ExxonMobil is partnering with analysts at the U.S. Department of Energy's National Renewable Energy Laboratory to develop emissions-reducing solutions for the biofuels sector.
Dennis Schroeder / NREL
Since 2000, ExxonMobil has spent more than $9 billion to develop and deploy lower-emissions energy solutions. In May, as part of this commitment to advanced energy innovation, ExxonMobil entered into a 10-year, $100-million partnership with NREL and other DOE-funded laboratories. This partnership, the largest in NREL's history, will fund research and analysis to bring advanced energy technologies to market, focusing on emissions reduction.
Through the partnership, ExxonMobil and NREL will work on a project based on NREL's biofuels emissions work. NREL analysts will model air pollutant emissions from the entire biofuels supply chain, as well as the resulting impacts on air quality. They will also study how air quality regulations can impact the operation and sustainability of biorefineries.
“ExxonMobil came to us having recognized the years of work supported by BETO [DOE's Bioenergy Technologies Office] in developing robust understanding and analytical capability for air emissions across the biofuel supply chain, as well as our longstanding capability in developing novel biofuel conversion processes,” said NREL Senior Scientist Garvin Heath, who is principal investigator for the new project.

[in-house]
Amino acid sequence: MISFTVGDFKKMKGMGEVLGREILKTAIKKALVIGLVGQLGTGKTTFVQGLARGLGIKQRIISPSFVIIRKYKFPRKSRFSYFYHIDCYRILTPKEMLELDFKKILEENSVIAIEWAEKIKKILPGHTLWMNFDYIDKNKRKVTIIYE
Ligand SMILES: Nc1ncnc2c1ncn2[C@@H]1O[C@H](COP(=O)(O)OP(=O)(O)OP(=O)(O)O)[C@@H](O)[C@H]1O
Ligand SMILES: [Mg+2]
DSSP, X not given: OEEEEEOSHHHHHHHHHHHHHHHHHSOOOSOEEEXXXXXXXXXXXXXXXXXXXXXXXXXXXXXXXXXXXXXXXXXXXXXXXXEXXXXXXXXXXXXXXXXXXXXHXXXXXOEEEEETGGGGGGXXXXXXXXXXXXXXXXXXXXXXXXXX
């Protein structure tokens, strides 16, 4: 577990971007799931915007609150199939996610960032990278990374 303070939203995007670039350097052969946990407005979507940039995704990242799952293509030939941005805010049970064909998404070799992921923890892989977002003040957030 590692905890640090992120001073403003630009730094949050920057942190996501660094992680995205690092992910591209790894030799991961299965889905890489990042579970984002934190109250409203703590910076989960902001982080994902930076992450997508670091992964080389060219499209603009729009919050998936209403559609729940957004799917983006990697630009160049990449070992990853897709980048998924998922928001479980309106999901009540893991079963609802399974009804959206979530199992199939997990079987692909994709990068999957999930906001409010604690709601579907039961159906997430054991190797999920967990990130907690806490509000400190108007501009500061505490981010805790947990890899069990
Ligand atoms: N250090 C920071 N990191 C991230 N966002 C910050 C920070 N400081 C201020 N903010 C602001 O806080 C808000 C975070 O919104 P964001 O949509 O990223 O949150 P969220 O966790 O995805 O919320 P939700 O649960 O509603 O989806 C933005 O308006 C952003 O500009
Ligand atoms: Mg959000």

The project’s scope of work will include an analysis of how biorefinery designs can affect multiple environmental sustainability objectives, such as the reduction of greenhouse gas emissions in the transportation sector, the ability to permit new facilities or modifications to existing facilities to incorporate bio-based content, and the achievement of our nation’s air quality goals as stipulated by the Clean Air Act.
This project is aimed at achieving an integration of process and air quality models to analyze multiple sustainability objectives. No models currently exist to achieve this. Biofuels projects of the past have generally focused on a singular objective, but this is the first time that multiple objectives will be viewed as an integrated set for optimization.
NREL’s analysis will also help to de-risk investment in biorefineries by contributing to their effective design. All potential industrial facilities must secure permits before beginning construction and operation, and to receive these permits, biorefineries must prove that their designs will allow for compliance with federal air quality standards. Integrating the models and analysis will ensure that no matter the changes in biorefinery plant designs the state conditions, such as temperature, pressure, and mass balance are maintained. In the end, this means that a plant can function as it was designed to, and that the permitting process can be accelerated.
Heath sees blue skies—and improved air quality—on the horizon. “The collaboration is leading towards a future where novel biorefineries can more quickly and assuredly receive their necessary air permits, and the whole biofuel supply chain contributes towards achievement of our nation’s air quality goals,” he said.